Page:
U.S. anti-doping chief unaware of Americans in damaging report

By Steve Ginsburg

By Steve Ginsburg

WASHINGTON (Reuters) - A "thorough and aggressive review" needs to be done to protect clean athletes from "gangsters" after a blockbuster report surfaced alleging widespread doping in athletics, the head of the U.S. Anti-Doping Agency (USADA) said on Sunday.

Britain's Sunday Times newspaper and Germany's ARD/WDR broadcaster said they had obtained the secret data from the global athletics governing body, the IAAF, showing that endurance runners suspected of doping have been winning a third of Olympic and world championship medals.

Scroll to continue with content

USADA Chief Executive Travis Tygart said he was unaware of any American involvement in the report but was disturbed by the allegations overall.

"A thorough and aggressive review of all that evidence needs to be had to ensure that clean athletes' rights are protected," he told Reuters in a telephone interview. "This is more evidence of what many of us already suspected."

The data was shown by the news organizations to two experts, who determined distance running was in the same state as cycling had been when Lance Armstrong ruled seven Tour de France but later was stripped of his titles for doping.

Tygart said his group aggressively pushed the World Anti-Doping Agency (WADA) "to open an investigation several months ago into prior allegations about doping in Russia."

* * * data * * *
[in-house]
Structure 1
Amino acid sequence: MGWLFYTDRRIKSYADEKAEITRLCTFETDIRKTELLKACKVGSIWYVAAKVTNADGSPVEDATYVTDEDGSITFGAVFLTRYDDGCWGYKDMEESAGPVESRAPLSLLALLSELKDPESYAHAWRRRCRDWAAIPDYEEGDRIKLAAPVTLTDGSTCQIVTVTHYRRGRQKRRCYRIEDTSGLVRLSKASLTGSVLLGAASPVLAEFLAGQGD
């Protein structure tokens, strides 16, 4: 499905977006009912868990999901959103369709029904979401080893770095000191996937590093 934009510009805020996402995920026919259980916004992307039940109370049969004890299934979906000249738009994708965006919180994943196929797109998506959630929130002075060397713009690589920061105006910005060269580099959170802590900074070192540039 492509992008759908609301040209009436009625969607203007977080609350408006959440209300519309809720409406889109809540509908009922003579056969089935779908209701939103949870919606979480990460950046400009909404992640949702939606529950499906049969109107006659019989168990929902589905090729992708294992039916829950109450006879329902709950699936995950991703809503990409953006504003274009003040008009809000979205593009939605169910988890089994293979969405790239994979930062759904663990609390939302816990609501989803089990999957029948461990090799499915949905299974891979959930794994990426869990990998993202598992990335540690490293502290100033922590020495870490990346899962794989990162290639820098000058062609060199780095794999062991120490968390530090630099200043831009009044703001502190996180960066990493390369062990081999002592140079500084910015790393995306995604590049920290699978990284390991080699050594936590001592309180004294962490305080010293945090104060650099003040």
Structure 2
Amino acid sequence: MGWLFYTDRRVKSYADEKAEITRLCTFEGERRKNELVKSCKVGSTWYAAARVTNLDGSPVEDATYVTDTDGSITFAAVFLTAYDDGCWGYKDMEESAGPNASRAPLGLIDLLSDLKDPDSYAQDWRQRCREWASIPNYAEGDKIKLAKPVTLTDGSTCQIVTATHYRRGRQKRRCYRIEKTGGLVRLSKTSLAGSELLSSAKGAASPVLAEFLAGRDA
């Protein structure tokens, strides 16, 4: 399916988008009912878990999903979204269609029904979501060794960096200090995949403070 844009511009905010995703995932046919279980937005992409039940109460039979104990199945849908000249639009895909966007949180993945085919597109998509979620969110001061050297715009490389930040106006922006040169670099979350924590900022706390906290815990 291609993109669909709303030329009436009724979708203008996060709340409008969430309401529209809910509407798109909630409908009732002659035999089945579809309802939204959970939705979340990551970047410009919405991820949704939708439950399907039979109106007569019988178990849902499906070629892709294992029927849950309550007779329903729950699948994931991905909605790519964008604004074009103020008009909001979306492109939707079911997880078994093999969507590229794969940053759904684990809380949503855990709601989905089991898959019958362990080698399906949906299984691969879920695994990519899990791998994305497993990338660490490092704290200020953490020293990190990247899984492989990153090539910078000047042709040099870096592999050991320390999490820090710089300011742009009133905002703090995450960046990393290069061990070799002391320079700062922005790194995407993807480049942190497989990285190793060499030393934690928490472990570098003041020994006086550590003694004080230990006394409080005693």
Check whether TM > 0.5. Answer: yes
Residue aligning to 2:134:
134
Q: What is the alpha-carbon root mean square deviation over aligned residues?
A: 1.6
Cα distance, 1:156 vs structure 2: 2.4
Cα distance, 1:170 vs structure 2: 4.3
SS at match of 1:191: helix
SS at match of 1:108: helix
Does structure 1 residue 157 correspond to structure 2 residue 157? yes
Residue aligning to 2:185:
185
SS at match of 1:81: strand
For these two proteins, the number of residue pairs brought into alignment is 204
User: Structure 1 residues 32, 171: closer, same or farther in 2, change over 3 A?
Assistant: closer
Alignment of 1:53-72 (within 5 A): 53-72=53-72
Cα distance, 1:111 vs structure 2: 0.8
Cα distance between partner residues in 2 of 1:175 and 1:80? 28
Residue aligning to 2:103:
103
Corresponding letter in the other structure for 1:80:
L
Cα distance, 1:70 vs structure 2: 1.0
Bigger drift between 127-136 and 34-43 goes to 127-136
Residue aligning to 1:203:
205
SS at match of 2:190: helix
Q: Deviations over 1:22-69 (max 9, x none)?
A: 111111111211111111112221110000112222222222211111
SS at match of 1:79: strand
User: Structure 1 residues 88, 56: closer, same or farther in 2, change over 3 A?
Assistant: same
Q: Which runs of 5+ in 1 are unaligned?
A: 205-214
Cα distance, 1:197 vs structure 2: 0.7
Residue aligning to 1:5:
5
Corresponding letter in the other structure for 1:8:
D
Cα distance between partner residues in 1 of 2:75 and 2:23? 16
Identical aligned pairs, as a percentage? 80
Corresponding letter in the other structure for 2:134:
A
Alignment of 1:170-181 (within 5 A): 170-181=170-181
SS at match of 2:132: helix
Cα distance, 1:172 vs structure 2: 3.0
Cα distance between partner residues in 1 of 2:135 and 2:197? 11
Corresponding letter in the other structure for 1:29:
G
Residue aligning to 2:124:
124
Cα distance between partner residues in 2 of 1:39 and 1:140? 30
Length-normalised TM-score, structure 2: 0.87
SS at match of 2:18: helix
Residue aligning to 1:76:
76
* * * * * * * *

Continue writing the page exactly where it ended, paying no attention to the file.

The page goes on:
"Now it's in WADA's hands to do the right thing and hopefully give confidence to clean athletes around the world that these gangsters are not going to hijack sport and violate the right of clean athletes," he said.

WADA, a separate body set up in 1999 to coordinate doping investigations across global sport, said it was "very disturbed" about the report and would investigate the allegations quickly.

Robin Parisotto and another scientist, Michael Ashendon, concluded in the Sunday Times report that more than 800 athletes had recorded one or more "abnormal" results, defined as a result that had less than one chance in 100 of being natural. The data was obtained after a leak of thousands of blood test results from 2001-2012.

Those athletes accounted for 146 medals at top events, including 55 golds, the Sunday Times said.

Russia accounted for 415 abnormal tests, followed distantly by Ukraine, Morocco, Spain, Kenya, Turkey and others. Kenya, a power in distance running, accounted for 18 of the medals won by athletes with suspicious results, The Sunday Times said.

The jaw-dropping report, leaked by a whistleblower, emerged just three weeks before the world athletics championships in Beijing. Tygart said doping in sport is "fundamentally unfair."

"If there are countries involved in a systemic level, serious questions have to be asked about their ongoing participation," he said. "Clean athletes deserve to have their rights protected at the highest levels in global competition."

Russia won 15 medals at the Vancouver Olympics in 2010 and 33 at the Sochi Games four years later. Tygart said the report "confirms, once again, what we thought and believed."

"You can go from the poor results in Vancouver to almost domination by Russian athletes and see a deliberate decision - obviously higher up than just a few individual athletes based on the evidence we've seen," Tygart said.

"We're hopeful that WADA ... will uncover it to the extent that they're able to and hopefully once and for all hold countries and sport federations accountable."

(Editing by Bernard Orr)

What to Read Next